At the SETAC North America annual meeting, we initiated digital content capture of selected sessions, allowing attendees to be in more than one place at the same time as well as creating the opportunity for persons that were unable to attend the Nashville meeting to partake of our scientific programming. From the initial feedback, this appears to be a highly successful pilot program. We also kicked off the Global Horizon Scanning Research Prioritization Project this past year at the Lusaka and Nashville annual meetings, to bring forward the next generation of important environmental questions that need to be addressed both regionally and globally. Our goal for 2014 is to expand the project to the annual meetings of the remaining three GUs.
SETAC committees and advisory groups continue to grow in response to member interest, and we are particularly proud of their efforts in working together across disciplines to tap the great potential of our interdisciplinary expertise and the passion of our members. I believe it is activities such as these that are SETAC’s greatest strength.
Our Society continues to be a leader in the sustainability dialogue. Sustainability was a principal theme of the World Congress in Berlin in 2012 and featured prominently in programming throughout 2013. SETAC training and capacity-building efforts encompass outstanding programs such as professional training courses at geographic and regional annual meetings, successful distance learning via well-attended webinars, regular podcasts from IEAM and the video roundtable from ET&C, and major international capacity-building events related to SAICM.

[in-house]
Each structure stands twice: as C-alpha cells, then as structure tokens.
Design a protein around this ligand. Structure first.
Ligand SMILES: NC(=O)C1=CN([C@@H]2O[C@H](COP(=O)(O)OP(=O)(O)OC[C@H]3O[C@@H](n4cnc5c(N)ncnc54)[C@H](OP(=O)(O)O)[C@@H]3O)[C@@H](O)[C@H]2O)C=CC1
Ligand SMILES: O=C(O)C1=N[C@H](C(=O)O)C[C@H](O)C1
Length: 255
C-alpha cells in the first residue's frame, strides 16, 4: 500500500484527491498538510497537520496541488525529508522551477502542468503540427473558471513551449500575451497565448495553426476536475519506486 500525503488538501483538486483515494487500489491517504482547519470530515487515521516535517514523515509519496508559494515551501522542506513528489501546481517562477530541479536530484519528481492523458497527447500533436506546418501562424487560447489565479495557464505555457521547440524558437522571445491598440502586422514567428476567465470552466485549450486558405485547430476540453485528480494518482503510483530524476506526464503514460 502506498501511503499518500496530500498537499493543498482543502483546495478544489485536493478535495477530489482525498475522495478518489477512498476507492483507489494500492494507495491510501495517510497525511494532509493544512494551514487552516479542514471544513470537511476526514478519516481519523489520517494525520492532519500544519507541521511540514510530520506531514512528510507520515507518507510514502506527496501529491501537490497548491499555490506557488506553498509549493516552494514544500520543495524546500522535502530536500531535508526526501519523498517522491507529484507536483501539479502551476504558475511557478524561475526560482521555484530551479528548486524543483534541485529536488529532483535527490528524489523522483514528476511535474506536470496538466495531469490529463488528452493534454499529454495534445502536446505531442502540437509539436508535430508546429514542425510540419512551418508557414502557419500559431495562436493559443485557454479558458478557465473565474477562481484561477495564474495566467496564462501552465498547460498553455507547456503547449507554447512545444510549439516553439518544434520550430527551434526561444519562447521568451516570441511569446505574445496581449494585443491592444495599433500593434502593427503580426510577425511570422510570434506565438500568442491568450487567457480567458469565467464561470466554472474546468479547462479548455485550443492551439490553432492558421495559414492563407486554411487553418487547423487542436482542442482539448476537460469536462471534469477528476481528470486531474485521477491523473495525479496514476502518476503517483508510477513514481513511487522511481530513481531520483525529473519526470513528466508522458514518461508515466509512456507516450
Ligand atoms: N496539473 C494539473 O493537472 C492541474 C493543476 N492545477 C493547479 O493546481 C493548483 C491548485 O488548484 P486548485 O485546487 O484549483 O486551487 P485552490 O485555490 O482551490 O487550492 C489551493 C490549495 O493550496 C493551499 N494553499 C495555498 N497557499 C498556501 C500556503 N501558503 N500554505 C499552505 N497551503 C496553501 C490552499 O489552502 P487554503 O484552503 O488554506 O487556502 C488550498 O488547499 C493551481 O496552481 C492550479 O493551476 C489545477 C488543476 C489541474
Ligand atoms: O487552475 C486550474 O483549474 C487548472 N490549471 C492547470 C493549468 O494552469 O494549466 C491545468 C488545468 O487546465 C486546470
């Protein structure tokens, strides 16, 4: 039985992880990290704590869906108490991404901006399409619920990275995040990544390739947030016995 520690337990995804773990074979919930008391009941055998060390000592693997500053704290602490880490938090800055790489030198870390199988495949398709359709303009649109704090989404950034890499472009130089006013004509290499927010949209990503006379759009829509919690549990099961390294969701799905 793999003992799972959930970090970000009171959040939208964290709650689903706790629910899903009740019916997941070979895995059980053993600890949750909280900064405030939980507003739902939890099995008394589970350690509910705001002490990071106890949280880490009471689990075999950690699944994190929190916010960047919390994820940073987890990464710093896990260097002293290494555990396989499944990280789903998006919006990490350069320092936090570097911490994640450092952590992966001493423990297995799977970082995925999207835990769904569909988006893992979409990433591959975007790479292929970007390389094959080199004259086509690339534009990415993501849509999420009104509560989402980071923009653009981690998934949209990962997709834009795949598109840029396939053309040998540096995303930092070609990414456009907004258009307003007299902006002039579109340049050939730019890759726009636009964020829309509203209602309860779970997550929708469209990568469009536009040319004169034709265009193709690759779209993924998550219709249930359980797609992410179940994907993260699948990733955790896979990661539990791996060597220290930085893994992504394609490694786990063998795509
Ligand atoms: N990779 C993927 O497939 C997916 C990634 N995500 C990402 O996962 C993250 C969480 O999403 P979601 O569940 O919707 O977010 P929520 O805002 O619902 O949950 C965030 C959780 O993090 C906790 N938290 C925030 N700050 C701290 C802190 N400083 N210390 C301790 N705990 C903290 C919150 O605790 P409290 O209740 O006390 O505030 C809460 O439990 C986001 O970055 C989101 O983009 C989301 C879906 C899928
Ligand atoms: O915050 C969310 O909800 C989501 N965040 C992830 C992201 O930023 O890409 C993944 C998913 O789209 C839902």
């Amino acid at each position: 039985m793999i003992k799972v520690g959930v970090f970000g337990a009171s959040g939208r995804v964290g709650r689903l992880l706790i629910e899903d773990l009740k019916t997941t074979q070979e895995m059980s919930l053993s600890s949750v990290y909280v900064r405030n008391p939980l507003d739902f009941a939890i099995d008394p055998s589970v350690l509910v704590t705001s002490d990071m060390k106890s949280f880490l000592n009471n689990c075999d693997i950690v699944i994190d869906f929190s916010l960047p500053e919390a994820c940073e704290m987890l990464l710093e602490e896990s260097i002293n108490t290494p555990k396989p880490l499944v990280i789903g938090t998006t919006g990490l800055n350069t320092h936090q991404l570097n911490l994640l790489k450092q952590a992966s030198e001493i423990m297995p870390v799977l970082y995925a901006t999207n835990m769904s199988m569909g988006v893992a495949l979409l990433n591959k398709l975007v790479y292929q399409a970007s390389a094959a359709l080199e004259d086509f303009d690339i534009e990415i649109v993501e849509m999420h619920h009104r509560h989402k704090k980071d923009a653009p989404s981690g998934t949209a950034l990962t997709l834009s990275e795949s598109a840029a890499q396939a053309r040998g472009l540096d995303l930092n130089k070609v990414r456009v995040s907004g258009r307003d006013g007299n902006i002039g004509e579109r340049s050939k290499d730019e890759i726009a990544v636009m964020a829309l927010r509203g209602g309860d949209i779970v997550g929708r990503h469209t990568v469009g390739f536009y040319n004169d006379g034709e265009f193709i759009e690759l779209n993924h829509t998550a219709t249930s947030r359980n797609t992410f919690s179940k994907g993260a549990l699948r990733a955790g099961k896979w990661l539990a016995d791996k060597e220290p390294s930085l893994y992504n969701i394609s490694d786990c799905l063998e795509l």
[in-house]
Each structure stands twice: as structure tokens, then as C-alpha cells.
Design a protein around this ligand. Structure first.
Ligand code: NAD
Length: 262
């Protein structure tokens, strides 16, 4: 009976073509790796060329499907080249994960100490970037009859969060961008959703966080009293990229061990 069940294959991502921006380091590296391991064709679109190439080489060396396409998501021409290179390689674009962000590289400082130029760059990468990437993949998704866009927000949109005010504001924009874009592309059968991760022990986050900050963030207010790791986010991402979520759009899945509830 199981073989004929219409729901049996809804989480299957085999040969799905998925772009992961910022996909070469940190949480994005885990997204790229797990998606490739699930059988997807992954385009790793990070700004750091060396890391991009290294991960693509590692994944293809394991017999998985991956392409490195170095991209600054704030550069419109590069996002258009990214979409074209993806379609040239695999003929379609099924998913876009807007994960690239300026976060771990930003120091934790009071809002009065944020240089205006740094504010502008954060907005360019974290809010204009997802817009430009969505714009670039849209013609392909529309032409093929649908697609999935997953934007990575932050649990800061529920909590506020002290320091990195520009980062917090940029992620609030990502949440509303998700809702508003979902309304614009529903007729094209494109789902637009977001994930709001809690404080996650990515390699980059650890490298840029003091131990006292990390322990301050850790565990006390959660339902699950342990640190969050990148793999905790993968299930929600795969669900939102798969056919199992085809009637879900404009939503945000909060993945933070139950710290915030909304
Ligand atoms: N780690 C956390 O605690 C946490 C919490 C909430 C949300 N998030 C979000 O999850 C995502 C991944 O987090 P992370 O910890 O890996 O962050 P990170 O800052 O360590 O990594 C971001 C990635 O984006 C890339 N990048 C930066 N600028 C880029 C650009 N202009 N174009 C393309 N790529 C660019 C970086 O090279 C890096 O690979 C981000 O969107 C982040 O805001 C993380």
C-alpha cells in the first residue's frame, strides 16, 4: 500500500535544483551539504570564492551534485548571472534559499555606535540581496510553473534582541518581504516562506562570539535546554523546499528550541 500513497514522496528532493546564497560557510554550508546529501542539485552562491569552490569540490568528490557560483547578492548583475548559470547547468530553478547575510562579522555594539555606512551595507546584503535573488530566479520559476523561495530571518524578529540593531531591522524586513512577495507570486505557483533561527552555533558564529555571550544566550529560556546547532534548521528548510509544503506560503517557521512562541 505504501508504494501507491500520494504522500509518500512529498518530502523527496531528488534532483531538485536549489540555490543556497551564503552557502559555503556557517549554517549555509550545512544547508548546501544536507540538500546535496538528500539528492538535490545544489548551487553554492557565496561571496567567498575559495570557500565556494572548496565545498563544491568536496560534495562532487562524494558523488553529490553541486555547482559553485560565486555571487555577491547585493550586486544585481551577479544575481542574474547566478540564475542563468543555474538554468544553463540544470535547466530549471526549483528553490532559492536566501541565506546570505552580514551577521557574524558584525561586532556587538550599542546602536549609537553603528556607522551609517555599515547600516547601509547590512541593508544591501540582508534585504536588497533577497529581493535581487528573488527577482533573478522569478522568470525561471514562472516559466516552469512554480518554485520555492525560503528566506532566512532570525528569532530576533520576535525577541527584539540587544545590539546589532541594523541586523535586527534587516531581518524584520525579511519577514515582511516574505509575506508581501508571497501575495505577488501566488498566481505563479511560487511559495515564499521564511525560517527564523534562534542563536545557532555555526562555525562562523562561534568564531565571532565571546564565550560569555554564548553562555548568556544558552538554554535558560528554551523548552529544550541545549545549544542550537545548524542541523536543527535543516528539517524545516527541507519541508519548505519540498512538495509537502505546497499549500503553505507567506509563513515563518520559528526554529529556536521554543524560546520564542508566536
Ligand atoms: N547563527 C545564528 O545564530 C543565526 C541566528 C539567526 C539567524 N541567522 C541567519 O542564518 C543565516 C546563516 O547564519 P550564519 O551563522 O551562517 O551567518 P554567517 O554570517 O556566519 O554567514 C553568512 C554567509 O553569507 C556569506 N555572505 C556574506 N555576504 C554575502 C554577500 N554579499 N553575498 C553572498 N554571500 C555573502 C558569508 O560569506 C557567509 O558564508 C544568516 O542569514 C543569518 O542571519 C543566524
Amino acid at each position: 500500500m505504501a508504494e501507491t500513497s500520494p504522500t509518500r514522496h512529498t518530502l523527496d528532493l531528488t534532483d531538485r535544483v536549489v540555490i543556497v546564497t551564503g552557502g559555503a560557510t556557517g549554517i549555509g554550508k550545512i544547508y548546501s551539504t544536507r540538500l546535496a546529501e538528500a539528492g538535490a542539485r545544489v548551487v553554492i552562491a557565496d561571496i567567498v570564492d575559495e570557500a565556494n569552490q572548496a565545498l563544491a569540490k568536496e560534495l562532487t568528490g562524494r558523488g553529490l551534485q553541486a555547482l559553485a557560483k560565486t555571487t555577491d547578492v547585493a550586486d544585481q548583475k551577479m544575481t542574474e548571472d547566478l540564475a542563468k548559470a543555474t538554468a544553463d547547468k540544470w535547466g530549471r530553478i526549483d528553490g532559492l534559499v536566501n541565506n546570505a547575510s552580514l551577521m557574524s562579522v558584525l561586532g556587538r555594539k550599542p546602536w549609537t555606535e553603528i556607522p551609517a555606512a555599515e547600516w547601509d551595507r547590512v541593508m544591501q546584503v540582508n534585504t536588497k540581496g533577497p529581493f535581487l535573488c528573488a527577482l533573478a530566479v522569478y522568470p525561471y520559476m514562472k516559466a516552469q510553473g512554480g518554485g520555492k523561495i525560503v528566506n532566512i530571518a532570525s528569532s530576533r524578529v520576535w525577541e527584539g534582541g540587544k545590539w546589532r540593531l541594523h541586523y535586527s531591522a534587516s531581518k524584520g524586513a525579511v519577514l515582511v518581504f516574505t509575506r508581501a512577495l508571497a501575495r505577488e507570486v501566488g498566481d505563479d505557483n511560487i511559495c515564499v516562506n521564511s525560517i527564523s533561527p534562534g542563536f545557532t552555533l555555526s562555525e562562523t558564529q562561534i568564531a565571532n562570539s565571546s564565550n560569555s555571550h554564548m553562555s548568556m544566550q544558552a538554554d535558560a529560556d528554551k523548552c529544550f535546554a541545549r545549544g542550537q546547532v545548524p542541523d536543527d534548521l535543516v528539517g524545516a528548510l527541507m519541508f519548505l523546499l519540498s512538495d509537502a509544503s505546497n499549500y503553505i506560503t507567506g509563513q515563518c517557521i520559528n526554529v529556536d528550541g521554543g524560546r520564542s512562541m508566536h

Our future goal is to continue adding to this impressive story in the years ahead, working towards our next World Congress in Orlando, Fla., USA. We know that members want to belong to a professional society that is impactful and meaningful. We are continuing to strive for providing the best tools and programming opportunities to meet this need. My colleagues on the SETAC World Council and I encourage you to be as active within the SETAC community as possible. Your contributions as individual members, and ours as a professional society, will continue to ensure that SETAC is a global scientific leader on the environment for years to come.
As we start the new year, I would like to thank the leadership and membership of SETAC for their continued support. I know that you will continue to provide support to our new SETAC President, Peter Campbell. I would also like to thank the SETAC World Council and members of the GU board of directors and councils for their dedication. The membership of all committees and advisory groups ensure that SETAC is relevant, thank you. I would also like to thank executive directors Greg Schiefer and Bart Bosveld along with their very dedicated staff for everything they do (much of it goes unnoticed but much appreciated). I would like to thank the editors and staff of the SETAC journals and Globe, as well as everyone that submits their manuscripts and news items or that serves as peer reviewer. Without your efforts, SETAC would not be the professional society that we have become. Finally, I would like to thank Mike Mozur, our past Global Executive Director, for his more than six years of energy and effort that he provided to SETAC.
Thank you all for what I believe was a very successful year in 2013!